Race


Smallpox, History, Genealogy, and Context

This is a true story about science and public policy that should get the attention of genealogists and historians: A little more than thirty years ago, the World Health Organization declared that smallpox had been effectively eradicated around the globe.  Smallpox was an especially nasty disease that in the 20th century alone killed half a billion people. Its demise was …Continue reading →

Good Schools A Staple of Ancestors’ Lives

This was produced for the 17th edition of “Smile for the Camera” I really don’t have much in the way of  photographs on my ancestors’ school days.   I have in the past posted school census records from the very early twentieth century in Milam County, Texas, where my gg-grandmother and her descendants lived.  But I know virtually nothing about my …Continue reading →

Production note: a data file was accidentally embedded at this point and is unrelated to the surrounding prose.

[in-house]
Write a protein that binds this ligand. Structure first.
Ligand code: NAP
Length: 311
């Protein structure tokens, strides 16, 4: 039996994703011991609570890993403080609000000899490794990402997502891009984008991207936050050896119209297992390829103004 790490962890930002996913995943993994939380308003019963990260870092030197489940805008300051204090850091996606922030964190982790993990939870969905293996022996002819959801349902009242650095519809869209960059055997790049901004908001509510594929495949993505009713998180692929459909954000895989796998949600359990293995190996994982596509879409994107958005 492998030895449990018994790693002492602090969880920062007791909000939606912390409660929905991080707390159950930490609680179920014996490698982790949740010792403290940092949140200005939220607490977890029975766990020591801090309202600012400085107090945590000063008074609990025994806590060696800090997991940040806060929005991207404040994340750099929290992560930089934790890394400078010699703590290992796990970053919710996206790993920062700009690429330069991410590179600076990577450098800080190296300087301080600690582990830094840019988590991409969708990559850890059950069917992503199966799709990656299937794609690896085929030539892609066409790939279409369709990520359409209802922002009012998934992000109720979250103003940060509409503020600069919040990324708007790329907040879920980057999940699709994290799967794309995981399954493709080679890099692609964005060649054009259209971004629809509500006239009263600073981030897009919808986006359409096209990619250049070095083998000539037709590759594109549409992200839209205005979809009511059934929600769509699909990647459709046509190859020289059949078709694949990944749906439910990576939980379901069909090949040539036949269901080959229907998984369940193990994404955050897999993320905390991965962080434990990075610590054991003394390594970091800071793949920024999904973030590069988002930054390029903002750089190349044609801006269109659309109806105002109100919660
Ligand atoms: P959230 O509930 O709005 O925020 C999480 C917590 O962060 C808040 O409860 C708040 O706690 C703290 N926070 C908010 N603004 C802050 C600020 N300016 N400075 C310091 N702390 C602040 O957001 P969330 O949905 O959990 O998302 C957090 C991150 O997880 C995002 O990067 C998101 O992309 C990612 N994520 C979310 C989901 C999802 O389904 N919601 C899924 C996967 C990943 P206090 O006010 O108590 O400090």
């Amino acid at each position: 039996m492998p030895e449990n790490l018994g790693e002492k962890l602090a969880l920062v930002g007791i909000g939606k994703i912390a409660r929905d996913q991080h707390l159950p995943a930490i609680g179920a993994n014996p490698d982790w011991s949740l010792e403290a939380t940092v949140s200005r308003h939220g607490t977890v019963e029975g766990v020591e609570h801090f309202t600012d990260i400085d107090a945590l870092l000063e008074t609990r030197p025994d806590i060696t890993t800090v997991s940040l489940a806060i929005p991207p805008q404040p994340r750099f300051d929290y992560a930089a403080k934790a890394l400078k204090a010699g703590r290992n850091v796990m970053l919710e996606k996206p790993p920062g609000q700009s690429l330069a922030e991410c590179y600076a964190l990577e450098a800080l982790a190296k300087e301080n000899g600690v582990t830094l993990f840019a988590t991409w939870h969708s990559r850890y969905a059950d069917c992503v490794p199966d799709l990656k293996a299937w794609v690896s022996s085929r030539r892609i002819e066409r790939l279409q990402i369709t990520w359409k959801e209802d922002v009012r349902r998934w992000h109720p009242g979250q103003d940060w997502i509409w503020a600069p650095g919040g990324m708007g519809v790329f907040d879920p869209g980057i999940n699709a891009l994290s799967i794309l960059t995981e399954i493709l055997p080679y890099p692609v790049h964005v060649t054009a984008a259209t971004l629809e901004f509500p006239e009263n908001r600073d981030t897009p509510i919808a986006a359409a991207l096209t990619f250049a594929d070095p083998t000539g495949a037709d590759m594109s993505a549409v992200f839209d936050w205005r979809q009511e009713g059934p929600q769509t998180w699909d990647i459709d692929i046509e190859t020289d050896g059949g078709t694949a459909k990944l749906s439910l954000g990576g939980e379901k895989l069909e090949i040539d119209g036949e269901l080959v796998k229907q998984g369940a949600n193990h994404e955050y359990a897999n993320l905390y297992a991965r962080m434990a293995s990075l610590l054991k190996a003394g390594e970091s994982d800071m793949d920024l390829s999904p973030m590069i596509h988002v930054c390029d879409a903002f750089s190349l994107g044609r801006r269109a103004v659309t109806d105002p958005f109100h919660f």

Sticks And Stones, There’s N—‘s Living with the Bones!

The role of the historian is to report things as they were found, not as the historian or the rest of modernity wish they had been. In the last post, we discussed using racial descriptions as names to search for African-Americans. We were successful using “slave,” “colored,” and “Negro” to find records that if combined with othe records could resolve …Continue reading →

One Drop

A GeneaBlogie Book Review Bliss Broyard grew up in the wealthiest part of Fairfield, Connecticut, one of the wealthiest communities in the nation. She lived a life of privilege as one of two children of New York Times book critic and essayist Anatole Broyard. Her handsome, witty father was well-known in literary and social circles. But Bliss would find out …Continue reading →

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